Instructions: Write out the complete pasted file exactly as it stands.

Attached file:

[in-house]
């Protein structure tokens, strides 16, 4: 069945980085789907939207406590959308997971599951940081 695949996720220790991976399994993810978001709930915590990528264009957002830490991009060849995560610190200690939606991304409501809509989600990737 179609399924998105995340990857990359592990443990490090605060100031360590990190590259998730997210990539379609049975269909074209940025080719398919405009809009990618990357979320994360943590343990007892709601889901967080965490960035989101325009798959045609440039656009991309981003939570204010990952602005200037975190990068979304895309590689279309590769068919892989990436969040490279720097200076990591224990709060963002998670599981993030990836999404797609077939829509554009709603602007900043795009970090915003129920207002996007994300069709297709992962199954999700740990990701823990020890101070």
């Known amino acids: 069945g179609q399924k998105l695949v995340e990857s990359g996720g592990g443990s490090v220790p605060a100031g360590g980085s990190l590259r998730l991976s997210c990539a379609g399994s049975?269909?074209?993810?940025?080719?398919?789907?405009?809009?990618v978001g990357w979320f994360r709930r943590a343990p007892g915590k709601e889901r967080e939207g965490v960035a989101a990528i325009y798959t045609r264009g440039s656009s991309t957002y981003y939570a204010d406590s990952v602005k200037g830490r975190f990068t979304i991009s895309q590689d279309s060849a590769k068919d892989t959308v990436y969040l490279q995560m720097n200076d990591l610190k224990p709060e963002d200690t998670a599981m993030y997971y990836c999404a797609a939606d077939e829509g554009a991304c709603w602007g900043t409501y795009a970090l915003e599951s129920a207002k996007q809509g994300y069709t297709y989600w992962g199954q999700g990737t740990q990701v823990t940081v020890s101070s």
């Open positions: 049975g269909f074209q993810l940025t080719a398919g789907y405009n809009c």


[in-house]
């Protein structure tokens, strides 16, 4: 069945980085789907939207406590959308997971599951940081 695949996720220790991976399994993810978001709930915590990528264009957002830490991009060849995560610190200690939606991304409501809509989600990737 179609399924998105995340990857990359592990443990490090605060100031360590990190590259998730997210990539379609049975269909074209940025080719398919405009809009990618990357979320994360943590343990007892709601889901967080965490960035989101325009798959045609440039656009991309981003939570204010990952602005200037975190990068979304895309590689279309590769068919892989990436969040490279720097200076990591224990709060963002998670599981993030990836999404797609077939829509554009709603602007900043795009970090915003129920207002996007994300069709297709992962199954999700740990990701823990020890101070």
């Known amino acids: 069945g179609q399924k998105l695949v995340e990857s990359g996720g592990g443990s490090v220790p605060a100031g360590g980085s990190l590259r998730l991976s997210c990539a379609g399994s049975?269909?074209?993810?940025?080719?398919?789907?405009?809009?990618v978001g990357w979320f994360r709930r943590a343990p007892g915590k709601e889901r967080e939207g965490v960035a989101a990528i325009y798959t045609r264009g440039s656009s991309t957002y981003y939570a204010d406590s990952v602005k200037g830490r975190f990068t979304i991009s895309q590689d279309s060849a590769k068919d892989t959308v990436y969040l490279q995560m720097n200076d990591l610190k224990p709060e963002d200690t998670a599981m993030y997971y990836c999404a797609a939606d077939e829509g554009a991304c709603w602007g900043t409501y795009a970090l915003e599951s129920a207002k996007q809509g994300y069709t297709y989600w992962g199954q999700g990737t740990q990701v823990t940081v020890s101070s």
């Open positions: 049975g269909f074209q993810l940025t080719a398919g789907y405009n809009c």